There are few more heart-stoping sights than seeing a spring meadow dotted with the bright scarlet flowers of Tulip sprengeri. In the wild they grow in the Pontic mountains, a range in northern Turkey that sweeps down to the Black Sea. In gardens they are extremely versatile: I have seen them growing in sunny spots on the great rock garden at Kew and in scree garden in the west of Scotland.
The most impressive plantings, though, were in the rough grass of an old orchard. In heavy soil and dappled shade, conditions disliked by most tulips, they were happily established and had been seeding themselves around for years.
The plant grows to about 40cm (16in) tall and the bulbs should be planted about 12cm (5in) deep. If you want to speed up their spread, collect the seed and sow it in trays. planting the small bulbs out in their second year will give them a much greater chance of reaching maturity than by just spreading the seed around. The bulb will usually flower five years after sowing the seed.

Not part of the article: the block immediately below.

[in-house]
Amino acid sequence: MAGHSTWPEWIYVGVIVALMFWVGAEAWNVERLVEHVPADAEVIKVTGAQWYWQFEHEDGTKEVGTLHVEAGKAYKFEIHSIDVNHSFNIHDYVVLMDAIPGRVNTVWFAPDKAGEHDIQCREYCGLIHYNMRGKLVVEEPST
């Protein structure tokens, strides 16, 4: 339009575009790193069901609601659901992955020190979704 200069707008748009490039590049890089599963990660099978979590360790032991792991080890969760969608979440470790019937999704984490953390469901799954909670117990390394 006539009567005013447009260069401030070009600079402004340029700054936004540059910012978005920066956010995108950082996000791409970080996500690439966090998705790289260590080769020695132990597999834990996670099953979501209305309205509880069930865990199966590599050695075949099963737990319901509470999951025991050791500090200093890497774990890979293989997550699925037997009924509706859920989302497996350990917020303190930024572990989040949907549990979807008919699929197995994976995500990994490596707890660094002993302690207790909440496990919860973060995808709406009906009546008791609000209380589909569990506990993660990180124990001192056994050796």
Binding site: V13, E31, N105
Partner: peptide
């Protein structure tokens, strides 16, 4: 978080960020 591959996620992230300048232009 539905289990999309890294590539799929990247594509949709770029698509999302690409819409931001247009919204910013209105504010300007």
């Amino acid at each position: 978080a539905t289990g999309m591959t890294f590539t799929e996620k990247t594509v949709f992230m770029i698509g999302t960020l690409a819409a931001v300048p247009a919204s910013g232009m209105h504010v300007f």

The Plant arrived relatively recently into cultivation when bulbs were set from Turkey to the Damman nursery near Naples, Italy. Carl Sprenger, who worked at the nursery had the honour of having the tulip named after him. There is also in his honour a Magnolia sprengeri. I hope that someone, somewhere has planted swathes of the tulip under the magnolia.